Cat Snap

http://books.google.com/books?id=HNrj7SSWsCAC&pg=PP1&dq=harry+whittier+frees&as_brr=1&ei=kVdwSpWuH6f4ygS-7_jvDg

Harry Whittier Frees did a booming business in novelty postcards in the early 20th century, posing animals in human situations, including props and sets.

“I take occasion to give my personal assurance that all pictures appearing in this book are photographed from life,” he wrote in 1915’s The Little Folks of Animal Land. “The difficulties encountered in posing kittens and puppies for pictures of this kind have been overcome only by the exercise of great patience and invariable kindness.”

The Happiest Place on Earth

http://en.wikipedia.org/wiki/File:Rescuers_Topless_Woman.jpg

Yes, it’s The Rescuers, and yes, that’s a topless woman in the window.

Disney discovered her in two frames of the film’s 1999 home video release, but apparently she’d been there since the film’s premiere in 1977.

The studio recalled 3.4 million videotapes and released a cleaned-up version two months later. If they know who did it, they’re not saying.

The Triple Deal

Take any twenty-one cards, and ask a person to choose one from them. [Deal] them in three heaps, and ask the person who selected the card in which heap it is placed. Gather them up, and put the heap containing the chosen card between the other two. Do this twice more, and the chosen card will be found the eleventh from the top.

— Alfred Elliott, The Playground and the Parlour, 1868

No Comment

A good American misprint was the following, which is warranted as true and genuine. It occurred in the proof-sheets of a scientific treatise. The sentence, as written by the author, ran as follows: ‘Filtration is sometimes assisted by the use of albumen.’ This came out as: ‘Flirtation is sometimes arrested by the use of aldermen.’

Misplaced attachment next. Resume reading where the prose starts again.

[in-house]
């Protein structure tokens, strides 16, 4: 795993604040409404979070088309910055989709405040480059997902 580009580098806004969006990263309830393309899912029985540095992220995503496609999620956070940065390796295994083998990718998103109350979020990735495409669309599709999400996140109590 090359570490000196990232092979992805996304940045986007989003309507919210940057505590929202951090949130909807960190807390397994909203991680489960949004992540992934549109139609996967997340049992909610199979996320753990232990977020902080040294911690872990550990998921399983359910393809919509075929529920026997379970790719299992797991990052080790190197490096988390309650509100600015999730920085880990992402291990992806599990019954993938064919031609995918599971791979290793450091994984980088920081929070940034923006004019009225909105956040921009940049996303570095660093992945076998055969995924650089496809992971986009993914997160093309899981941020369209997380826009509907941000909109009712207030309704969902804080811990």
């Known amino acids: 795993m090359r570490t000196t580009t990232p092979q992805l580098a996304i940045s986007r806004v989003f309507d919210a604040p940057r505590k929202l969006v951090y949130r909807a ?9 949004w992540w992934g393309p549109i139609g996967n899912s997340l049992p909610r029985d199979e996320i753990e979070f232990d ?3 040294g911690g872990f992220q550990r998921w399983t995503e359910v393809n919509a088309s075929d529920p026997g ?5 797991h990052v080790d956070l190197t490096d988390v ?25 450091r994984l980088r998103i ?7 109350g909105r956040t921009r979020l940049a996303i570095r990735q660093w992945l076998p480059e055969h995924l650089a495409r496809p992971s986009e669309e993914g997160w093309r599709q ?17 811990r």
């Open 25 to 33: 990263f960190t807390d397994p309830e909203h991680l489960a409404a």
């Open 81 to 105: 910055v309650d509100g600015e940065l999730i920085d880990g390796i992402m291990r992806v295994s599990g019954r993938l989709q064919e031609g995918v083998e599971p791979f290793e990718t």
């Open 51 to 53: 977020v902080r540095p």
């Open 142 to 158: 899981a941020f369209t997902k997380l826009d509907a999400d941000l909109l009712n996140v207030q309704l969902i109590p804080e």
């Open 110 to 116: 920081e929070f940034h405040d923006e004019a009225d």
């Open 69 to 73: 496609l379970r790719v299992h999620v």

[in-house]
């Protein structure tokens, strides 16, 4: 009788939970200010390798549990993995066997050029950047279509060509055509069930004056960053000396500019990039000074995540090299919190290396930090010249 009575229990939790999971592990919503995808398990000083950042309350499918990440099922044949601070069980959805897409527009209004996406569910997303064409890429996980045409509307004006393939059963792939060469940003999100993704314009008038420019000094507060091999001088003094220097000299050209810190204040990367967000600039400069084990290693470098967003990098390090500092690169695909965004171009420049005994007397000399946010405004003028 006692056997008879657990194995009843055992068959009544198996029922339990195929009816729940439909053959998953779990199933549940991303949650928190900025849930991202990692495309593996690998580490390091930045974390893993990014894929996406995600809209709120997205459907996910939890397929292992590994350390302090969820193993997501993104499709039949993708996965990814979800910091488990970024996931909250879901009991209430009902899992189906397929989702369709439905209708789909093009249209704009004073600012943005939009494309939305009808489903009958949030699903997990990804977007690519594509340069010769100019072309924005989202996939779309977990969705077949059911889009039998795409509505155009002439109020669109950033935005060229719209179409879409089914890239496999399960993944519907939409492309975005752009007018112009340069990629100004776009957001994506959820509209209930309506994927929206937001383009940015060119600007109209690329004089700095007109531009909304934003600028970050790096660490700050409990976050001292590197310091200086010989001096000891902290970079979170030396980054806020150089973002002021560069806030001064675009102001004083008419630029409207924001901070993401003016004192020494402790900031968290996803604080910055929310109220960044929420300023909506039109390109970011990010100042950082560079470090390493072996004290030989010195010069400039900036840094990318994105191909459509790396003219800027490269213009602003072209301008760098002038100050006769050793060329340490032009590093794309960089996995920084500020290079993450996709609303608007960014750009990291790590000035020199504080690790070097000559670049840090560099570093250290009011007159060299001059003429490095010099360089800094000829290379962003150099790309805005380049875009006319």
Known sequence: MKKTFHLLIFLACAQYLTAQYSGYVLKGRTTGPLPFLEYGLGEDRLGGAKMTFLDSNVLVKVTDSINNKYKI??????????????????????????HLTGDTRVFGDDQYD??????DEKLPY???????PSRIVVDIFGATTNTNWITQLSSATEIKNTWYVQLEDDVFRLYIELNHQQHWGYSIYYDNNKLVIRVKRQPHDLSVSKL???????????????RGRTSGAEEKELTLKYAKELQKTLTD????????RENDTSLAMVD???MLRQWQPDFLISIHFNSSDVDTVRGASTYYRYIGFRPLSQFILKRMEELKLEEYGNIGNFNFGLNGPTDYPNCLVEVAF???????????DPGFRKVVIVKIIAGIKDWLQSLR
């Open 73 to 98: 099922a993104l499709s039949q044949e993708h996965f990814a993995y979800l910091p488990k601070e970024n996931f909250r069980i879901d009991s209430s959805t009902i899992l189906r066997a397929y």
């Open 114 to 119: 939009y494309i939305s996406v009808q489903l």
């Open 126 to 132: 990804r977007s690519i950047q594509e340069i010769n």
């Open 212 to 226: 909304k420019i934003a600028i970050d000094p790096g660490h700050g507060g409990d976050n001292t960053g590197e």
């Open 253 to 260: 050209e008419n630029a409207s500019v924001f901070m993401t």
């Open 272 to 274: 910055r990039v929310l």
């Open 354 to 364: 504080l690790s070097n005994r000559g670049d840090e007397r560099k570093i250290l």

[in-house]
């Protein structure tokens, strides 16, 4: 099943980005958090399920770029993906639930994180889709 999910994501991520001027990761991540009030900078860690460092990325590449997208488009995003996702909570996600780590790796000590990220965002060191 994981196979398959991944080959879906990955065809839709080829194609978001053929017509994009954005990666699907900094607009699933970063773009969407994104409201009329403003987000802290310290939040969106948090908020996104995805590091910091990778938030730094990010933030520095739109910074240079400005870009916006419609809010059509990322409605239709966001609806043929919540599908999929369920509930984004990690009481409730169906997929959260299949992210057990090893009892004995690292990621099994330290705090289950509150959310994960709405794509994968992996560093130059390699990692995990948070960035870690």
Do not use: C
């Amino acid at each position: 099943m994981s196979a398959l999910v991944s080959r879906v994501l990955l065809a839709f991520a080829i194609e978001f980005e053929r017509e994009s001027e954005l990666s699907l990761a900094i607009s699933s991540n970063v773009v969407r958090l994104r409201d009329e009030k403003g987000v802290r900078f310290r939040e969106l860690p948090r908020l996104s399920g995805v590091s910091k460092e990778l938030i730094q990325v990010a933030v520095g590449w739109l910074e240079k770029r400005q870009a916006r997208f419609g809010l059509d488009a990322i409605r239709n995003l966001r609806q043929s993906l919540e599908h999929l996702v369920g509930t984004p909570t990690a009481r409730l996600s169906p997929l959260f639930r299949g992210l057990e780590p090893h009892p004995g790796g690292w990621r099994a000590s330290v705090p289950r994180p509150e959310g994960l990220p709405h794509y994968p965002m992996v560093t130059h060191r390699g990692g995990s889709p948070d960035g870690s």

— Patrick Maxwell, Pribbles and Prabbles, 1906

“A Good Catch”

The following is a good catch: lay a wager with a person that to three observations you will put to him, he will not reply ‘a bottle of wine.’ Then begin with some common-place remark, such as, ‘We have had a fine, or wet, day to-day,’ as it may be; he will answer, of course, ‘a bottle of wine.’ You then make another remark of the same kind, as, ‘I hope we shall have as fine or finer to-morrow,’ to which he will reply, as before, ‘a bottle of wine.’ You must then catch him very sharply, and say, ‘Ah! there, sir! you’ve lost your wager;’ and the probability is, if he be not aware of the trick, he will say ‘Why, how can you make that out?’ or something similar, forgetting that, though a strange one, it is the third observation you have made.

— Samuel Williams, The Boy’s Treasury of Sports, Pastimes, and Recreations, 1847

You’re Welcome

You’d pay $1,000 to witness my mastery of the black arts, wouldn’t you? Of course you would.

  1. Buy a brand-new deck of cards.
  2. Discard the jokers, cut the deck 13 times, and deal it into 13 piles.
  3. Now stand back … Ph’nglui mglw’nafh C’thulhu R’lyeh wgah’nagl fhtagn!
  4. Look at the cards. Presto! They have magically grouped themselves by value — all the aces are in one pile, kings in another, etc.

You owe me $1,000.

Playing Favorites

A tied football match in southern Congo came to an unexpected conclusion on Oct. 28, 1998, when a lightning bolt struck and killed all 11 members of the visiting team.

“The athletes from [home team] Basanga curiously came out of this catastrophe unscathed,” reported the Kinshasa newspaper L’Avenir.

“The exact nature of the lightning has divided the population in this region, which is known for its use of fetishes in football.”

Tempting

The Earl of Yarborough offers you a wager. He’ll shuffle an ordinary deck and deal you 13 cards. If none of your cards ranks above 9, he’ll give you a thousand pounds. Otherwise you must give him one pound.

Should you accept?

Click for Answer

The Horizontorium

http://books.google.com/books?id=nmQIAAAAQAAJ&pg=RA1-PA57

This clever anamorphic illusion was invented by W. Shires in 1821. Cut out the center piece, make a hole at A, fold it at B, and position it at D. (Here’s a larger version.)

Peer through the hole with one eye, preferably with a light source on your right, and you’ll see the tombstone in three dimensions, surrounded by a low palisade.

Here’s another scene using the same principle; position the eyepiece where the turrets’ lines would converge and “the whole view will appear in its just proportions, representing a castle at a considerable distance, the loftiest part of which appearing scarcely an inch high.”